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IP/07/915

Brussels, 27 June 2007

Nationality requirements for notaries: Commission takes seven Member States to Court of Justice to ensure compliance with the principle of non-discrimination

The Commission has decided to take Belgium, Germany, Greece, France, Luxembourg and Austria to the Court of Justice on the grounds that these Member States permit only their own nationals to practise as notaries. The Commission has also decided to take Portugal to the Court of Justice for its failure to transpose Directive 89/48 EEC for notaries.

In the view of the Commission, this nationality requirement is contrary to the freedom of establishment provided for in Article 43 of the EC Treaty and cannot be justified by reference to Article 45, which exempts activities related to the exercise of official authority.

The Court of Justice has ruled that such participation must be direct and specific. However, the Commission considers that this does not apply in the case of notaries as they cannot impose a decision against the will of one of the parties they are advising. In other words, notaries do not take decisions with regard to State authority and therefore cannot be deemed to exercise such authority.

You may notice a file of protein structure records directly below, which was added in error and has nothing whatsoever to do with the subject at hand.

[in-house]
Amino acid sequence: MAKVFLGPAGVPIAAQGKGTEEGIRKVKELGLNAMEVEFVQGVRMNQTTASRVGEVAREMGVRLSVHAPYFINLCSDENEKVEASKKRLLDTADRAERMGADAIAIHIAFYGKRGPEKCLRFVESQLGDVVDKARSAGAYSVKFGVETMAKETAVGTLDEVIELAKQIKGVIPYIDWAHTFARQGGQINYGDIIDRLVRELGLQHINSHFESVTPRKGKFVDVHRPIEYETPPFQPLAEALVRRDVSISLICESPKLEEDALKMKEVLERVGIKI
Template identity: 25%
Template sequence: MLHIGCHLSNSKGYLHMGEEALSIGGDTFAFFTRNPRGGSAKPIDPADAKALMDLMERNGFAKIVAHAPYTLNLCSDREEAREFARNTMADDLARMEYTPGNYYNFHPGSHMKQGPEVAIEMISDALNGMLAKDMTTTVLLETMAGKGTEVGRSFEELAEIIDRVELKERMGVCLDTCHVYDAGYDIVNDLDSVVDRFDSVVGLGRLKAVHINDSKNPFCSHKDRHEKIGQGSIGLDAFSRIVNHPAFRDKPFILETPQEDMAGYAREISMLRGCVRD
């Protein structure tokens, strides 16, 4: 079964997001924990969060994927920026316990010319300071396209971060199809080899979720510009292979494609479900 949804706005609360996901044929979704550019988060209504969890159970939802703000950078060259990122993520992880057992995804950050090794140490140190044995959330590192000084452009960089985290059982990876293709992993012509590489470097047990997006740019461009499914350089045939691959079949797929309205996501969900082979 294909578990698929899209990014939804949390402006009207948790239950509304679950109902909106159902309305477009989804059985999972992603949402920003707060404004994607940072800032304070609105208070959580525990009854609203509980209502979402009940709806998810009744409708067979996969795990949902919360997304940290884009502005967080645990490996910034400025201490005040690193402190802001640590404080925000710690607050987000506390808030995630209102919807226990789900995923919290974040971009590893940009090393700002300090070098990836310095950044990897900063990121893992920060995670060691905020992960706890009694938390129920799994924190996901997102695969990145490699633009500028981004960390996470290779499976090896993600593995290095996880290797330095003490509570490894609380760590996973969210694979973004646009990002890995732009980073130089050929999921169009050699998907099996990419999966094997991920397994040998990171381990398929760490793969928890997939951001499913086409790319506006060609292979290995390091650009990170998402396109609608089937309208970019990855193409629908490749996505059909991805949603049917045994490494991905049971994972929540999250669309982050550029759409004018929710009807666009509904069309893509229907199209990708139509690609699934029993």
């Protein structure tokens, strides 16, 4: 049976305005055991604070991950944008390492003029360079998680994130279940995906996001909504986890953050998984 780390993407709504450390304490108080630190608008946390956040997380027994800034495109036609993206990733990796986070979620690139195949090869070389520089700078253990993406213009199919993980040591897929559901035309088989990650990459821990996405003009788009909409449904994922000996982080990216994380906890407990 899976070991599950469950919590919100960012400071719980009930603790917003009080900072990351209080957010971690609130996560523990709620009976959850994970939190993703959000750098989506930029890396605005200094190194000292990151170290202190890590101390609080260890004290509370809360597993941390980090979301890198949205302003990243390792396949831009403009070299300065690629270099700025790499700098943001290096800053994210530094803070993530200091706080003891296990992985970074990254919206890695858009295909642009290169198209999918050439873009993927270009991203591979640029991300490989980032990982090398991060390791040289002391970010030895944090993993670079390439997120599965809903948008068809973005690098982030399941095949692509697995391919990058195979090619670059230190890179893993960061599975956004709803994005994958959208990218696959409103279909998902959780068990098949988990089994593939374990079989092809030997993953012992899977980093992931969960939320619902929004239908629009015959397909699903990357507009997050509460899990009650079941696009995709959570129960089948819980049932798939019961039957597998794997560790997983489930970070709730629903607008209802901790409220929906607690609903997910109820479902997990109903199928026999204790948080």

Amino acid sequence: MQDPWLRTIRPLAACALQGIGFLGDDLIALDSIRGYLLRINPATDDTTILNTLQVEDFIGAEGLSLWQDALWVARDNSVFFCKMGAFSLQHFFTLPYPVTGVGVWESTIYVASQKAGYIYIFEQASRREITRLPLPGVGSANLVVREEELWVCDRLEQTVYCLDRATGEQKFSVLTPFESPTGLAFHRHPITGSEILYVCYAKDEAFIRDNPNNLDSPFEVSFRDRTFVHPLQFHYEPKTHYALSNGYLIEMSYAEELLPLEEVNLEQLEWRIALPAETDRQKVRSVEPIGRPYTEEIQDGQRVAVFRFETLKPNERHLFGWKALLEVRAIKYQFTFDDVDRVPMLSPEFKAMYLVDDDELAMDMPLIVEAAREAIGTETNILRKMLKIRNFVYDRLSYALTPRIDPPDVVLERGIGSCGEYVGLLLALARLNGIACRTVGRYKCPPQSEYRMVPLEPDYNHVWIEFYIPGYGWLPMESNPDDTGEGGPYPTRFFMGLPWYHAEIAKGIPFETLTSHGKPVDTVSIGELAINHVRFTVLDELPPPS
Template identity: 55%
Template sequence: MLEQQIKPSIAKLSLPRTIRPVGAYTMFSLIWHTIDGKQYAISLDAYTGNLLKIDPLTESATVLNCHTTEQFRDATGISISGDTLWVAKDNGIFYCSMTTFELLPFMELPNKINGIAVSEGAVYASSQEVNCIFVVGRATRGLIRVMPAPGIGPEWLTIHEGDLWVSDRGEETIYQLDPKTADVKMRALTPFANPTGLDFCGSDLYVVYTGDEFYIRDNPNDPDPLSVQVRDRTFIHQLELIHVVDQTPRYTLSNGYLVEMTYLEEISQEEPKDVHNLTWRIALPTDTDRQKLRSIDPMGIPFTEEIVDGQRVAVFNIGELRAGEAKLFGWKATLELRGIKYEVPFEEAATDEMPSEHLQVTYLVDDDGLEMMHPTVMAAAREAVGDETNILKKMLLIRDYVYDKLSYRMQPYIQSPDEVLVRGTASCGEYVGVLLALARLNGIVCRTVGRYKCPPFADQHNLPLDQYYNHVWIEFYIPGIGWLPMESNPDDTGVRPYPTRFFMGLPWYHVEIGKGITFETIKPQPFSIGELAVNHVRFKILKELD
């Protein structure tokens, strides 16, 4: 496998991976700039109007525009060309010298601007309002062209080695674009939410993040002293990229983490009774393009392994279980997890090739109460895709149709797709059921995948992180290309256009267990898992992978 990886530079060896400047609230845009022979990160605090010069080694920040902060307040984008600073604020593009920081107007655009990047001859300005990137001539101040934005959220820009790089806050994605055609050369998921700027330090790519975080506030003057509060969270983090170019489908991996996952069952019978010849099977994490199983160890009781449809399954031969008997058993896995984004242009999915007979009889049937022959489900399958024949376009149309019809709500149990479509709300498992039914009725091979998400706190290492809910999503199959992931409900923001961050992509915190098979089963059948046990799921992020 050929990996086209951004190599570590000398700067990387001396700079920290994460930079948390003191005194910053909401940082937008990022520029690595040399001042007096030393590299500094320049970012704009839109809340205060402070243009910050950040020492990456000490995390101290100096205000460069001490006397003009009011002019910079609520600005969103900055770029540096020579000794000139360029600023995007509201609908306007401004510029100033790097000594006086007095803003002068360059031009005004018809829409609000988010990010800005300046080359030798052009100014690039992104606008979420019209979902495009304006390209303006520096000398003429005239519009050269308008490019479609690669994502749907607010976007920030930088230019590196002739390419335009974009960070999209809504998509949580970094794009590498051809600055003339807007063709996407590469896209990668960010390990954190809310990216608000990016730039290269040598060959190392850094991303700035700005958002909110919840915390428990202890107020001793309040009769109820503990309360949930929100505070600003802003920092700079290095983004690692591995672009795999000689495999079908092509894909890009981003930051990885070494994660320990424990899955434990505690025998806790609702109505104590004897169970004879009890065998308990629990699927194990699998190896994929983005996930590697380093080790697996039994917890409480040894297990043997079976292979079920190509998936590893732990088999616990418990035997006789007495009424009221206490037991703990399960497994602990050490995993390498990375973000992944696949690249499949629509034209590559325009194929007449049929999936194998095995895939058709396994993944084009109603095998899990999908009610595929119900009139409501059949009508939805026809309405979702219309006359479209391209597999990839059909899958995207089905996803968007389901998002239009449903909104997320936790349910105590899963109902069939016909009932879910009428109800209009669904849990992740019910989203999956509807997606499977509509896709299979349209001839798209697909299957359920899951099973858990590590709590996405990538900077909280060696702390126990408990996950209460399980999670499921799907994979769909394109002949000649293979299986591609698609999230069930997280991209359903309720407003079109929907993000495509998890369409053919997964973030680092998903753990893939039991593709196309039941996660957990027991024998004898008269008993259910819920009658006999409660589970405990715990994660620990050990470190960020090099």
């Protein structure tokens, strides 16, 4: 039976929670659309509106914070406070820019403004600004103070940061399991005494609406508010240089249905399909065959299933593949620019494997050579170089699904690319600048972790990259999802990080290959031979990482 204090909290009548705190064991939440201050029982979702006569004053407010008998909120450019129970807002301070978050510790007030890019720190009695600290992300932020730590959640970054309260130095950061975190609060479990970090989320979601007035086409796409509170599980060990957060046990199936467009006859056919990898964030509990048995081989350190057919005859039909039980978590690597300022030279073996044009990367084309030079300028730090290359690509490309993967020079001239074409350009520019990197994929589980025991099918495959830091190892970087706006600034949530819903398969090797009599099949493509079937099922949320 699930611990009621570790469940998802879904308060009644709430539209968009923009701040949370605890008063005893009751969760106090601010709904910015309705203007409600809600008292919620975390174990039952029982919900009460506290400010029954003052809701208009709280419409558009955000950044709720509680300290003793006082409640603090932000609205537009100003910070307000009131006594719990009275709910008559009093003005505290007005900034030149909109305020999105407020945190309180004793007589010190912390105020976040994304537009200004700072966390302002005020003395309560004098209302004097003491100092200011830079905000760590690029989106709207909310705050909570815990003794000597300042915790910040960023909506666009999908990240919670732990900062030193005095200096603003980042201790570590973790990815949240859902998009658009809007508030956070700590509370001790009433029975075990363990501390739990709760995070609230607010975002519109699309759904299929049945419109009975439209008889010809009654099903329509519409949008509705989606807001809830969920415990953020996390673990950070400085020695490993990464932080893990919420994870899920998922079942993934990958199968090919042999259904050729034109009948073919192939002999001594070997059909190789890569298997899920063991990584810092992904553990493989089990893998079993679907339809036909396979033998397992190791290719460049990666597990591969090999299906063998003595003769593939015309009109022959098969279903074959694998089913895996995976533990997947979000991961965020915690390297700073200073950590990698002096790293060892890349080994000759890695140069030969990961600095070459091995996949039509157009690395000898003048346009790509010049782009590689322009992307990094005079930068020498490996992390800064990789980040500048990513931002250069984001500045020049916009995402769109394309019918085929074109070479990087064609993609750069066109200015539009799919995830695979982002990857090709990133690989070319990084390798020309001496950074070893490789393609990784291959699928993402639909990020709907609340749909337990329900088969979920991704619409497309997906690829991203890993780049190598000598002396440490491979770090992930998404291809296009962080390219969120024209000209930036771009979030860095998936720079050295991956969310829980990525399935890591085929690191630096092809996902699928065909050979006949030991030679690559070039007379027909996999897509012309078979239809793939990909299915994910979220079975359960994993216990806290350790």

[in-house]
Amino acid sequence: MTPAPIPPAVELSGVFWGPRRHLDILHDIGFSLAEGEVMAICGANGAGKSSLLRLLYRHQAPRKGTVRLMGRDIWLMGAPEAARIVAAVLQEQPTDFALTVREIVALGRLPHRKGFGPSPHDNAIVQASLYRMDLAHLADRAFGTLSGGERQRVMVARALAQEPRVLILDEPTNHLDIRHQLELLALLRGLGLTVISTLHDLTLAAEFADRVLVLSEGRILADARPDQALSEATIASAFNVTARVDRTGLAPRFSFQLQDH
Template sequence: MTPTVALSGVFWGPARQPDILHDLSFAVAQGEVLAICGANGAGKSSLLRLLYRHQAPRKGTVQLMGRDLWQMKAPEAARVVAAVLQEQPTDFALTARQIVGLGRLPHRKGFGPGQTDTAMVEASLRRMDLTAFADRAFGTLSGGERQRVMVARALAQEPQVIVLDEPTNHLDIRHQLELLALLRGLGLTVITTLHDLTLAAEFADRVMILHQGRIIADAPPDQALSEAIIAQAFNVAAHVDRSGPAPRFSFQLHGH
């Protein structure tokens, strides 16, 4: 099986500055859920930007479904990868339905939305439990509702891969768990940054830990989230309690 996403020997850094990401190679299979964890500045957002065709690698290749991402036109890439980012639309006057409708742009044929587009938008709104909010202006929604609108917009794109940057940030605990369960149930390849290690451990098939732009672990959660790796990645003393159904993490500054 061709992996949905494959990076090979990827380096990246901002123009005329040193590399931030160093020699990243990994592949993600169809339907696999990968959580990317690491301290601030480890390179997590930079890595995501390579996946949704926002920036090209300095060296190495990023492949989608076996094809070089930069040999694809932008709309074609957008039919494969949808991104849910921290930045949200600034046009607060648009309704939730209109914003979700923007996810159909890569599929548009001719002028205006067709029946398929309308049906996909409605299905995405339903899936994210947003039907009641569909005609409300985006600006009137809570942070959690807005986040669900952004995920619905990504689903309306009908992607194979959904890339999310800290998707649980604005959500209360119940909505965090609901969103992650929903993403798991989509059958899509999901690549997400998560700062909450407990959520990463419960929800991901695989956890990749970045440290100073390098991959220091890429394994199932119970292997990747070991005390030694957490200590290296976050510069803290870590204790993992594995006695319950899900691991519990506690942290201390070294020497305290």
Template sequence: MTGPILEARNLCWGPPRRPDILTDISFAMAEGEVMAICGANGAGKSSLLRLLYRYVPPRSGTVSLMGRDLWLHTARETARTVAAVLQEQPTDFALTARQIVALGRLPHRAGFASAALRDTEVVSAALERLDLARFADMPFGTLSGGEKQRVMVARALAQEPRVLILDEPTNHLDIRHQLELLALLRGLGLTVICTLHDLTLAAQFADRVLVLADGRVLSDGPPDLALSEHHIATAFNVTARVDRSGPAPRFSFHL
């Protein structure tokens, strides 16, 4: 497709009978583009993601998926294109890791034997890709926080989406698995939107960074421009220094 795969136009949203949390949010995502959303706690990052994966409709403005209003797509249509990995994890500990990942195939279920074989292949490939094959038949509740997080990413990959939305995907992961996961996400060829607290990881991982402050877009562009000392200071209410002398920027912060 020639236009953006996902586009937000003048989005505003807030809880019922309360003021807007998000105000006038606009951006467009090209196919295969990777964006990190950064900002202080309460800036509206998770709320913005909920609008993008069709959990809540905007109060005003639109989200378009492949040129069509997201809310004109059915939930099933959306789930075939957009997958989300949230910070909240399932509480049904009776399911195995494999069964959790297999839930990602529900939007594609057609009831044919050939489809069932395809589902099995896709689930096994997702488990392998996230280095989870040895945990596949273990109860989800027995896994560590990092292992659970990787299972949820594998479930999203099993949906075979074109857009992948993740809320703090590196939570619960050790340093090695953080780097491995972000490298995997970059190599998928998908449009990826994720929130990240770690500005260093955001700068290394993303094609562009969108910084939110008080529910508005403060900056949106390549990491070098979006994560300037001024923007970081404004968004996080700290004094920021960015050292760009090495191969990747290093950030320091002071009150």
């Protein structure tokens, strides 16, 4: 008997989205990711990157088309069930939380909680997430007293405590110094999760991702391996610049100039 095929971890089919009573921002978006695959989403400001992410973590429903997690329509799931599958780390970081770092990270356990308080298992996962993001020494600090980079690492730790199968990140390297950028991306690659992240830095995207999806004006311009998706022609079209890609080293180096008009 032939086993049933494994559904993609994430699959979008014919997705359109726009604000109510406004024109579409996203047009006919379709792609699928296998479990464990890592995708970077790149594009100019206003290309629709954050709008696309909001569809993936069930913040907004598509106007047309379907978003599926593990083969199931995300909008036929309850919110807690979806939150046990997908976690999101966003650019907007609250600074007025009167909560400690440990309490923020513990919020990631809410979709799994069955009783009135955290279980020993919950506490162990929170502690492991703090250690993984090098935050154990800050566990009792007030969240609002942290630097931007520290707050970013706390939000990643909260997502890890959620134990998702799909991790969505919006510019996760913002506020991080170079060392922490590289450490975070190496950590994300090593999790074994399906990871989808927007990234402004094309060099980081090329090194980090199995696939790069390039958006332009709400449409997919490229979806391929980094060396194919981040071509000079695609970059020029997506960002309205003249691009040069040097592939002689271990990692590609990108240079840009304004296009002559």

As the Member States in question have maintained their position in their replies to the Commission's reasoned opinions, the Commission has decided to refer the matter to the Court of Justice.

Meanwhile, the Netherlands has committed itself to complying with the reasoned opinion. It joins Spain, Italy and Portugal in abolishing the nationality requirement previously in force for notaries.

The elimination of this requirement does not imply a change in the status of notaries, particularly in respect of certain activities being reserved for this profession. Moreover, these infringement procedures do not affect the powers of the Member States to regulate the profession of notary, particularly in terms of laying down measures to ensure the quality of notary services, including examinations.

As regards the high level of qualifications required to become a notary, there is a less restrictive method of ensuring that this level is maintained, namely by applying Directive 89/48/EEC on the general system for the recognition of diplomas, which makes it possible to check by means of an aptitude test (or probationary period) whether candidates possess the necessary level of knowledge of national law. The failure to transpose this Directive is the Commission's second objection relating to these Member States, with the exception of France, which has transposed it. Portugal has still not transposed Directive 89/48/EEC for the profession of notary. As a result, the Commission has also decided to refer this matter to the Court of Justice.
The latest information on infringement proceedings against all Member States is available at:

http://ec.europa.eu/community_law/eulaw/index_en.htm


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